You’ve only got a couple of days in DC!

    There’s enough there to keep anyone busy for a fortnight. Just get out of your hotel, start walking and you’re bound to see something that will catch your interest.

    I really enjoyed the Pentagon tour – but they require pre-booking so it might be too late for April. The Masonic Temple at Alexandria was also an interesting visit – it had the world’s first elevators that moved both horizontally and vertically.

    I’ve got three days free with a couple more days where I have other things planned. It does look to be somewhere that’s full of stuff to do, but sadly money and the amount of time I can get off work limits how long I can be there. I hadnt thought of the Pentagon tour – I didnt even know that was an option, so I’ll have a look at that to find out more

    Ant M 56 posts

    In Washington I could spend a week just on the National Mall given all the amazing museums and historical sites of interest there. For a couple of days my absolute top pick would be the newly refurbished Smithsonian Air and Space Museum, it’s fantastic and could easily spend a day there. Also recommend Natural History Museum and the overlooked but excellent National Postal Museum. Book tickets for a tour of the Capitol building and take in the sights of the Washington Monument and the White House. All the above located on (or just off) the Mall. Walking around Georgetown is nice and Arlington Cemetery is awe inspiring in the true sense of the word.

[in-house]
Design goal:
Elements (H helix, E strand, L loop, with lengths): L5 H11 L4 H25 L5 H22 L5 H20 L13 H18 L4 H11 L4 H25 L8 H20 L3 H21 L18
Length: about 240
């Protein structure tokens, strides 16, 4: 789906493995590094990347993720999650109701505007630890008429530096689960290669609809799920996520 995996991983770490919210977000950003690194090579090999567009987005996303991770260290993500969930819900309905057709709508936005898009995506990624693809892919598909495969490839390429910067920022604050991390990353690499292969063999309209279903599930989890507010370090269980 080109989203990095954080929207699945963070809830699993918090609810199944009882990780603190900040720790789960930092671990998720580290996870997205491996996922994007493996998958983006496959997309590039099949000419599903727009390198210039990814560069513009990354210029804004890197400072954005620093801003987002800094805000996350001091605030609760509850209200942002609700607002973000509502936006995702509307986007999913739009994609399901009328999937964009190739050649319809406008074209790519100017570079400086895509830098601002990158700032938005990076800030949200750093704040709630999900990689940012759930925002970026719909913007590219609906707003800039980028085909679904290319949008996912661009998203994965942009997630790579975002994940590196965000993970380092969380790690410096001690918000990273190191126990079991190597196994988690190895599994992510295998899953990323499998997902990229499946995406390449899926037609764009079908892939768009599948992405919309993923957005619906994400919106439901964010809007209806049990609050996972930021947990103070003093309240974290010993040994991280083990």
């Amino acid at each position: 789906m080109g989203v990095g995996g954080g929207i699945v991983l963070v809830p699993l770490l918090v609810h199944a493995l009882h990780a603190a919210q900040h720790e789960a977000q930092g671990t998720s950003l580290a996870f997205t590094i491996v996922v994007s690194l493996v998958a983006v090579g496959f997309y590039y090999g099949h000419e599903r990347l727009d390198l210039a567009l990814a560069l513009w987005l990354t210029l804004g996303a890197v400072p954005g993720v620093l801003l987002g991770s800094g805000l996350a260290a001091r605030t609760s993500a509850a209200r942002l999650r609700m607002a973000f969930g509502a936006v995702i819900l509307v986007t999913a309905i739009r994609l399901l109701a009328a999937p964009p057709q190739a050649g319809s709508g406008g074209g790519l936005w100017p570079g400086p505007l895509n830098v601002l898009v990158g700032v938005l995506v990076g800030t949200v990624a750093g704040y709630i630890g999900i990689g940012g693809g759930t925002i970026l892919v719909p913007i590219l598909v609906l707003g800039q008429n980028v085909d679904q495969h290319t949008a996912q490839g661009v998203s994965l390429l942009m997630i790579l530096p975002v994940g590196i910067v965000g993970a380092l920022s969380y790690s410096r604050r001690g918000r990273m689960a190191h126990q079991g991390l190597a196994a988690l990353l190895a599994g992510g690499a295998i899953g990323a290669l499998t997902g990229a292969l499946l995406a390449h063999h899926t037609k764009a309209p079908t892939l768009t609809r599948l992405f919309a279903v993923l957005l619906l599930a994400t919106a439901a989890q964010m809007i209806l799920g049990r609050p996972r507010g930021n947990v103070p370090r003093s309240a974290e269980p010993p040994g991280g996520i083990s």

For Seattle my main reason for going there was the Museum of Flight and the tour at Boeing Field along with the trip up to Paine Field for the other Boeing tour. Truly amazing.

    I hadnt realised how many museums came under the Smithsonian banner – we hear references to “the Smithsonian” that make it sound like one museum when its really dozens. The air and space museum definitely looks like a top choice. How does the Natural history museum compare to London’s?

    The Savage Squirrel 576 posts

    For Washington, here’s a previous thread with lots of ideas.

    https://www.headforpoints.com/forums/topic/washington-d-c-worth-visiting/

    Ant M 56 posts

    You’ve only got a couple of days in DC!

    There’s enough there to keep anyone busy for a fortnight. Just get out of your hotel, start walking and you’re bound to see something that will catch your interest.

    I really enjoyed the Pentagon tour – but they require pre-booking so it might be too late for April. The Masonic Temple at Alexandria was also an interesting visit – it had the world’s first elevators that moved both horizontally and vertically.

    I’ve got three days free with a couple more days where I have other things planned. It does look to be somewhere that’s full of stuff to do, but sadly money and the amount of time I can get off work limits how long I can be there. I hadnt thought of the Pentagon tour – I didnt even know that was an option, so I’ll have a look at that to find out more

    On further investigation it looks like Pentagon tours are restricted to US citizens or aliens granted residency, not tourists.

    davefl 1,352 posts

    You’ve only got a couple of days in DC!

    There’s enough there to keep anyone busy for a fortnight. Just get out of your hotel, start walking and you’re bound to see something that will catch your interest.

    I really enjoyed the Pentagon tour – but they require pre-booking so it might be too late for April. The Masonic Temple at Alexandria was also an interesting visit – it had the world’s first elevators that moved both horizontally and vertically.